On Tuesday, we held our Agency Expo Day with first responders, and emergency and community services organisations from Launceston showcasing what they do in our community. Organisations involved include Ambulance Tasmania, Tasmania Fire Service, State Emergency Service, Royal Flying Doctor Service, The Salvation Army, St Vincent de Paul Society. Our students were able to spend time with each organisation and learn about what they do and volunteer opportunities. We also acknowledged and celebrated National Volunteer Week 2023.
On Thursday, our focus was ‘Service to Others’ through our Service in Our Community Day. Students in groups, supported by a teacher, spent the day volunteering at the St Vincent de Paul Society facility, previously YMCA site in Kings Meadows, The City Mission, Mission Shop at Youngtown, The Salvos Store at Invermay, and The Salvation Army HQ in the CBD. A group also spent the day at the Junior School, Elphin Campus assisting in classes from Early Learning to Year 4.
Friday was an opportunity for the students to consolidate their learning and experience from the week, developing group presentations to showcase their Community Service Week. I would like to take the opportunity to say how proud I am of the way our students have contributed and conducted themselves with the many activities and sessions they have been part of. I hope they have shared their experiences with you during the week.
Community Service Coordinator
Ella Nast (Year 11) and Lucy Johnston (Year 9) have been selected to represent Pony Club Australia individually and together as a pair in the Pony Club International Alliance Virtual Dressage Competition to be judged early in June. Filming of their individual elementary test and their Pas de deux freestyle pairs was completed on the weekend for submission last week.
Twelve countries from around the world are invited to submit teams of four riders in each section. The Pas de deux was an event new to Ella and Lucy. They said that although difficult, it was thoroughly enjoyable working together to choreograph and execute a five minute test in pairs to music. We wish them the very best.
Head of Sport
Rise Above the Rim – Basketball Shootathon
I am very pleased to update everyone on the wonderful efforts of our students, parents and staff on Saturday 20 May when they completed their Basketball Shootathon. We raised a total of $3,922, part of the Tasmanian total of $38,525 that will now go to directly assist critically ill children and their families, through the Ronald McDonald House Charities. This equates to 240 nights for a family to stay at the house.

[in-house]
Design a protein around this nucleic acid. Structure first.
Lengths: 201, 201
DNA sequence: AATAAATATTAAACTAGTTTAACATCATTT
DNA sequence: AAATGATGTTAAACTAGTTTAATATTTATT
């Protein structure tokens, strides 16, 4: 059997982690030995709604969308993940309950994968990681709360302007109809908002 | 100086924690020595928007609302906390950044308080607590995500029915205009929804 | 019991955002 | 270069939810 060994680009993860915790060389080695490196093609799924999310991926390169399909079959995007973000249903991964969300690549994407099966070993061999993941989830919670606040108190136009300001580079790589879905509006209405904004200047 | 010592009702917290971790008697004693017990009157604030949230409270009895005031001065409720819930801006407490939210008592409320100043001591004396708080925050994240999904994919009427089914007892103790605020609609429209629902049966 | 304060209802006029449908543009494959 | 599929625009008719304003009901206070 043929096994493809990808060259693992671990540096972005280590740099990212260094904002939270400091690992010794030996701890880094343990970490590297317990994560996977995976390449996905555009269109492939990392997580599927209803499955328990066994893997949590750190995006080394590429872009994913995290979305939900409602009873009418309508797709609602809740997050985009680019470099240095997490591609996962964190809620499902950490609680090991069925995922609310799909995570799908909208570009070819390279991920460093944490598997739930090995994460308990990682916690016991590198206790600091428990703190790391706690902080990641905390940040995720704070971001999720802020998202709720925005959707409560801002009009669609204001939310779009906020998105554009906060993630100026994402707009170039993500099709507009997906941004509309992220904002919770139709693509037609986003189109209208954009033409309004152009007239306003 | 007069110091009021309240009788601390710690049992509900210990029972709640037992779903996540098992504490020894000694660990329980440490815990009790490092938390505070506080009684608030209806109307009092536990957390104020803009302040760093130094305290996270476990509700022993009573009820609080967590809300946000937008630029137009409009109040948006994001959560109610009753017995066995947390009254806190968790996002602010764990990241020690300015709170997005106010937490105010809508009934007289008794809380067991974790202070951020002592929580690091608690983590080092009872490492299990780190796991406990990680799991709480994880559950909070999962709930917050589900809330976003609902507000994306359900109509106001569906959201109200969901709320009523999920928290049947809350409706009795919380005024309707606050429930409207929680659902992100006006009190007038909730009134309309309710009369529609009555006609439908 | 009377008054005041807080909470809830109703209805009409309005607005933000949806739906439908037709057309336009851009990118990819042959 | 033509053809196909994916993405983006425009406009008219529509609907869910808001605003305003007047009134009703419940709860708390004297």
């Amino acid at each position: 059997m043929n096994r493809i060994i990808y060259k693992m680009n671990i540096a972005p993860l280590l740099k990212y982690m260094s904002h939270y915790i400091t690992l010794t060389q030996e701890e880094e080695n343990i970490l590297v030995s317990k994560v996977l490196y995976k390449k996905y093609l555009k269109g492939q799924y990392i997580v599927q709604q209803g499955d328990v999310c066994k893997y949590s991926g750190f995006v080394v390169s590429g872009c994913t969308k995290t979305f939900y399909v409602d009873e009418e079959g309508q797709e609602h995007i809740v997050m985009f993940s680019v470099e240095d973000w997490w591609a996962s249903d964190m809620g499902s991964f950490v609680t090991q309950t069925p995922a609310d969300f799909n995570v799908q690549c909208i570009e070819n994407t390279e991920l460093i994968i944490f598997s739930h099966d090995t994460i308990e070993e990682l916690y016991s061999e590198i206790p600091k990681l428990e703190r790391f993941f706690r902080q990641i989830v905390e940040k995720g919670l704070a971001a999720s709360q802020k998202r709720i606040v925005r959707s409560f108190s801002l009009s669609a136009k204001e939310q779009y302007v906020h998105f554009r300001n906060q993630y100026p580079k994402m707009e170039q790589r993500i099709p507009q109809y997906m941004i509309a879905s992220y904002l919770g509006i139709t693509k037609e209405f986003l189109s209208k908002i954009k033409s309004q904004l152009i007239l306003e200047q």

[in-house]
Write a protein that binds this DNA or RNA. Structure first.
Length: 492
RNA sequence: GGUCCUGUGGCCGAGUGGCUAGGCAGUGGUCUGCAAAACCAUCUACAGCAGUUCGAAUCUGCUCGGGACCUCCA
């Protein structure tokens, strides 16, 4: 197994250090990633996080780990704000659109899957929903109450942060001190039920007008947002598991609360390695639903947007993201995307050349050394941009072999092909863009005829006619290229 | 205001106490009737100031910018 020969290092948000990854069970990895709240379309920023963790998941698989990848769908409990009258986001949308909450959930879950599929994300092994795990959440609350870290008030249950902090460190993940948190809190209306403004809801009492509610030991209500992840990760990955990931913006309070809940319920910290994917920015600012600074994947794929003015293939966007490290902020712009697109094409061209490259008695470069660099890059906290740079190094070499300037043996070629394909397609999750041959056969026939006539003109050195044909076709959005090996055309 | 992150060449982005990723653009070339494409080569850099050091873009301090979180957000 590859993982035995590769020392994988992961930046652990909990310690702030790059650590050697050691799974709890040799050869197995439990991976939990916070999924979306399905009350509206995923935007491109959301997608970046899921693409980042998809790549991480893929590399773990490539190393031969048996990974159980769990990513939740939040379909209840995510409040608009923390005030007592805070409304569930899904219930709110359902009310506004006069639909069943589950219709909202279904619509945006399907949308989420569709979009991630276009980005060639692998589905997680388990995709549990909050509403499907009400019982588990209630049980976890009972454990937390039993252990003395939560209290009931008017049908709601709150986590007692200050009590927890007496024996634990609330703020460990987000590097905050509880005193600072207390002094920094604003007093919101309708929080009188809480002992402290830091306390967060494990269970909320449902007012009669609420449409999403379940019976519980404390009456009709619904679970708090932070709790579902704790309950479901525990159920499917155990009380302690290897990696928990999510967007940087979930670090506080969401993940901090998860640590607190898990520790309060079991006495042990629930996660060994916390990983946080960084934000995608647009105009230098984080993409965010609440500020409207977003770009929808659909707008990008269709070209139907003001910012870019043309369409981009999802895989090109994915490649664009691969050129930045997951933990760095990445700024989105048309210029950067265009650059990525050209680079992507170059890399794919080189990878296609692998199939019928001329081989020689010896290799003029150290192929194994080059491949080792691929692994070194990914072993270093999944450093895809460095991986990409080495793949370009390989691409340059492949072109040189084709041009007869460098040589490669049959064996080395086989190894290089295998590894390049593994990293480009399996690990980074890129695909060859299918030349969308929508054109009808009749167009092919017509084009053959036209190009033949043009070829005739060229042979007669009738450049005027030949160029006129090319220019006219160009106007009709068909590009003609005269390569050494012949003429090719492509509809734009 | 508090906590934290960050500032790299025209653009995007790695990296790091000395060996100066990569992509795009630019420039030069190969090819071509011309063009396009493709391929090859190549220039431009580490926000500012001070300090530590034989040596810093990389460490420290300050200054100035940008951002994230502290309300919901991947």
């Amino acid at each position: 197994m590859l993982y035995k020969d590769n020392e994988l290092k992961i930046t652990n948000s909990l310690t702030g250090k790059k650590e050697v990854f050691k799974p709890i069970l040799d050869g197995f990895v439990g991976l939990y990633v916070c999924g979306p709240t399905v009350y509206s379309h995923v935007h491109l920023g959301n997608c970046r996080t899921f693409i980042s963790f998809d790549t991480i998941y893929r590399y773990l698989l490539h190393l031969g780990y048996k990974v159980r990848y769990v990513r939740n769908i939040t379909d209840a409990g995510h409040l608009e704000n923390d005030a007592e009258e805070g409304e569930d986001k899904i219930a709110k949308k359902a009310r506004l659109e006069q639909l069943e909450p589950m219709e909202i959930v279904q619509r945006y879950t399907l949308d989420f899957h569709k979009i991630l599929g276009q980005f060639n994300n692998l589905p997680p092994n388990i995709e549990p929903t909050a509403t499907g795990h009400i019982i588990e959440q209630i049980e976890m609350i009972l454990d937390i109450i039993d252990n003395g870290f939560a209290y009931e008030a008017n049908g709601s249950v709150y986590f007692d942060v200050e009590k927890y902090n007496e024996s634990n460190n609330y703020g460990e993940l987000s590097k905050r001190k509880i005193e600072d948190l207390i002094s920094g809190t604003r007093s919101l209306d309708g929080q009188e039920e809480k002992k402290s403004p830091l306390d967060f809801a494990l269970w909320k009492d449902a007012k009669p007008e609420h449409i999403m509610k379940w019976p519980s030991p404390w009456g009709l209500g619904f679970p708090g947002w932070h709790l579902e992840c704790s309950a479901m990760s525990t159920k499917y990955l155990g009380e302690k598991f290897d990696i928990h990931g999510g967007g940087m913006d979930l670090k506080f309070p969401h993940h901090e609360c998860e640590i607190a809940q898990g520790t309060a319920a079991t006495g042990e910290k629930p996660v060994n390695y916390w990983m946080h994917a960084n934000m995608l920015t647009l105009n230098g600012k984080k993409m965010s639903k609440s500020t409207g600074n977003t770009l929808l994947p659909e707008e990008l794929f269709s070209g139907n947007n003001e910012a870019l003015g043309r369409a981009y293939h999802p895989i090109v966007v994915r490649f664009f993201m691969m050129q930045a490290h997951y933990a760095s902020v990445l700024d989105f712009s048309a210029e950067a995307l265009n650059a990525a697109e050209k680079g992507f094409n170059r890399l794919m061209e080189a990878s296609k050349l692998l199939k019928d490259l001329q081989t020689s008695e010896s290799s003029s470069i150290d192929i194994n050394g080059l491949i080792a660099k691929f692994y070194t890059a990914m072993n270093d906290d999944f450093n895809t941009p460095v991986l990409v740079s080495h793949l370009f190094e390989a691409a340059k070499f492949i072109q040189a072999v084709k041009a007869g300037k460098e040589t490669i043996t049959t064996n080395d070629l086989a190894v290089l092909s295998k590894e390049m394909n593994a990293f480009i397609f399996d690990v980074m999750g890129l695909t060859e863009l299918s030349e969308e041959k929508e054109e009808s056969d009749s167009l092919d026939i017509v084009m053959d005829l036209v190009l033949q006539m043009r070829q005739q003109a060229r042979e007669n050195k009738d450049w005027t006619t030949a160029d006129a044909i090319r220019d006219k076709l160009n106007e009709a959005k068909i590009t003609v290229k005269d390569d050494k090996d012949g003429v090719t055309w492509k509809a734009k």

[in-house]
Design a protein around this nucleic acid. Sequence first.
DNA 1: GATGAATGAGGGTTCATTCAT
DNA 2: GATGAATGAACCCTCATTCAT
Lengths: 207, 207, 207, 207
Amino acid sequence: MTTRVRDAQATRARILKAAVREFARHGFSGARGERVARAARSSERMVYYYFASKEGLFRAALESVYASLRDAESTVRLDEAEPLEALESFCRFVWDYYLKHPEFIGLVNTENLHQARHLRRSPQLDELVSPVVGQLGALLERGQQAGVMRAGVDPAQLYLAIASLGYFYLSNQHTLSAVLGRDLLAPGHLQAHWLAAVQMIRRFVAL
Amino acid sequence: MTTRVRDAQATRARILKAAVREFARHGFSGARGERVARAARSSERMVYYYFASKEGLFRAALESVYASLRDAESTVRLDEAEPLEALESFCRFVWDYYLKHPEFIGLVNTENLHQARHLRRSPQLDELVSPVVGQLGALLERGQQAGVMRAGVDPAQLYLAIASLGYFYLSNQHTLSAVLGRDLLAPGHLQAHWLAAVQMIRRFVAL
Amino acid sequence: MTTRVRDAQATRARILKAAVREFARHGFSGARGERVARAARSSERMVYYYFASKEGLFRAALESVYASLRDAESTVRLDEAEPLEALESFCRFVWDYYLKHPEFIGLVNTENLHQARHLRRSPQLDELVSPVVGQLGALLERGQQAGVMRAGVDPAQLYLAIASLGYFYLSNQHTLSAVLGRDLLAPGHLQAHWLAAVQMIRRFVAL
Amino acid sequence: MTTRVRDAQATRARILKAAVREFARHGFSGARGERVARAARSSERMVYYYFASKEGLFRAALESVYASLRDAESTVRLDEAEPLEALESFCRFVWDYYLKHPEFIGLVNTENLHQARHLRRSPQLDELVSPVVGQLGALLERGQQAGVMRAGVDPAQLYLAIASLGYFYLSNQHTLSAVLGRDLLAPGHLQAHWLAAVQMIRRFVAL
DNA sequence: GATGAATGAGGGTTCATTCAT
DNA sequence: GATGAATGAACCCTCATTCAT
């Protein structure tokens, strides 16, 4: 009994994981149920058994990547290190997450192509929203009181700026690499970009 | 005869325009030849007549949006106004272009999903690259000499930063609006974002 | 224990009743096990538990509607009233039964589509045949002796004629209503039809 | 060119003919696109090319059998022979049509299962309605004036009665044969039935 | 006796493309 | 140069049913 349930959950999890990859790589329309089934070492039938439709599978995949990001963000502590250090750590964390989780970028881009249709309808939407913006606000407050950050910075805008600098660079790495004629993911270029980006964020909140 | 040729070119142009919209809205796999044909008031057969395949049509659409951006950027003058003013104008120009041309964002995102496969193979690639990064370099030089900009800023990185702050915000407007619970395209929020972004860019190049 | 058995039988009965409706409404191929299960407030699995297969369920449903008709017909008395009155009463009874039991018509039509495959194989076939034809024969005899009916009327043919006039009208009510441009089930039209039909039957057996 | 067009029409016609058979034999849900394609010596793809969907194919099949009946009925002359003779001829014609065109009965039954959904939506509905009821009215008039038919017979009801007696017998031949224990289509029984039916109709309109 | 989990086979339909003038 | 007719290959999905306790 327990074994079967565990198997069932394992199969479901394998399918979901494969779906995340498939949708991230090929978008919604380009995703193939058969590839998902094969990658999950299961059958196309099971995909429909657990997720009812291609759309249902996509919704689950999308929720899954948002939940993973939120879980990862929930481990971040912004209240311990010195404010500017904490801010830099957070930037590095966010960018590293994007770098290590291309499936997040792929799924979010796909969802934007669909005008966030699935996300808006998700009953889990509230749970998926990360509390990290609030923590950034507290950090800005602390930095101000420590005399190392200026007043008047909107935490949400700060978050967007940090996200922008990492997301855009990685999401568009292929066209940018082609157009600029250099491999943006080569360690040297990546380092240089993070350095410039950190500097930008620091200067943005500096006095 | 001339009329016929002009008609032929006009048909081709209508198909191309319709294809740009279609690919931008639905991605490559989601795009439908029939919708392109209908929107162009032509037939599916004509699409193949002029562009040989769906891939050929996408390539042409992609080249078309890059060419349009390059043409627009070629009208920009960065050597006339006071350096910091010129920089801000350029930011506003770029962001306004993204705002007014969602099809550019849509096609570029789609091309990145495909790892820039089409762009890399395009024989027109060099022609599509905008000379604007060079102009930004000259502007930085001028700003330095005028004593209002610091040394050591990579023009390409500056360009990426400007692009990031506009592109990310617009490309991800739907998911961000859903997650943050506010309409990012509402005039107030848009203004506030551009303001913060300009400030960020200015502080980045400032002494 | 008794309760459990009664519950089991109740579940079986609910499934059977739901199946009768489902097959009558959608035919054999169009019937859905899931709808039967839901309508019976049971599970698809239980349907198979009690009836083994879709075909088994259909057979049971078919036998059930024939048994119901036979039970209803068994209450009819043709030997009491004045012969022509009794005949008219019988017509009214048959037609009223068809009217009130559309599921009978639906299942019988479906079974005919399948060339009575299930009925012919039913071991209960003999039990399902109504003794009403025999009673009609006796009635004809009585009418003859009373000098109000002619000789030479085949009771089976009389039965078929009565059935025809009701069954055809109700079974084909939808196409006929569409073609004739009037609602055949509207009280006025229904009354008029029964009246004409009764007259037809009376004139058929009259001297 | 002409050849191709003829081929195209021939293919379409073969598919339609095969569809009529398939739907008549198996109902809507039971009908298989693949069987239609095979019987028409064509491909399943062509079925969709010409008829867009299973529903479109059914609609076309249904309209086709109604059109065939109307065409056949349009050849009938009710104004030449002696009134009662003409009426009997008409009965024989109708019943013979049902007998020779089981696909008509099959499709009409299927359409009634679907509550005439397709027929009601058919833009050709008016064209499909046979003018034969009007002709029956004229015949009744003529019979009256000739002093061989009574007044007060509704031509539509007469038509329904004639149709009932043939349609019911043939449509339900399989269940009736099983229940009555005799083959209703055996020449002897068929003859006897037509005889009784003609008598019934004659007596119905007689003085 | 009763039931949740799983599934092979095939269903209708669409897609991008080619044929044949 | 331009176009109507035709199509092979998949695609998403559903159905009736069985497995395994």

A huge thank you to everyone who donated.
And a very special thank you to all our shooters who came from all year levels to work together for such a great cause.
Thank you to our top fundraisers, Justin Thompson (Year 7) $491, Milla Deverell (Year 3) $428 and Angus Seymour (Year 12) $410 (who requested donations from his family in lieu of presents for his 18th Birthday); and so many of our students/parents who all contributed their time and fundraising efforts:
Danielle a’Campo & her two boys (Collegian & Parent)
Zoe Bremner (Year 12), Benji Collins (Year 8), Harrison Collins (Year 4), Oliver Collins (Year 10), Ely Da Costa (Year 11), Matilda Darcey (Year 6), Clementine Dell (Year 6), Esme Dell (Year 8), Sam Denmead (Parent), Nardia & Richard Deverell (Staff & Parent), Mac Edwards (Year 7), Blaise Fitzallen (Year 10), Liam Hodgetts (Year 11), Jasmine Irani (Year 12), Thomas Kubarych (Year 7), Alice Lindsay (Year 12), Poppy Marshall (Year 6), Alice Power (Year 12), Will Stevenson (Year 7), Edie Van Der Aa (Year 6), Chloe Waldron (Year 8).
Thanks to Roger Davis and Donna Mitchell from Swisherr for making our students and families feel so welcome and providing us sustenance all day and Simon Hall, from Glenorchy Basketball, who helped to organise the event for us all here in Launceston.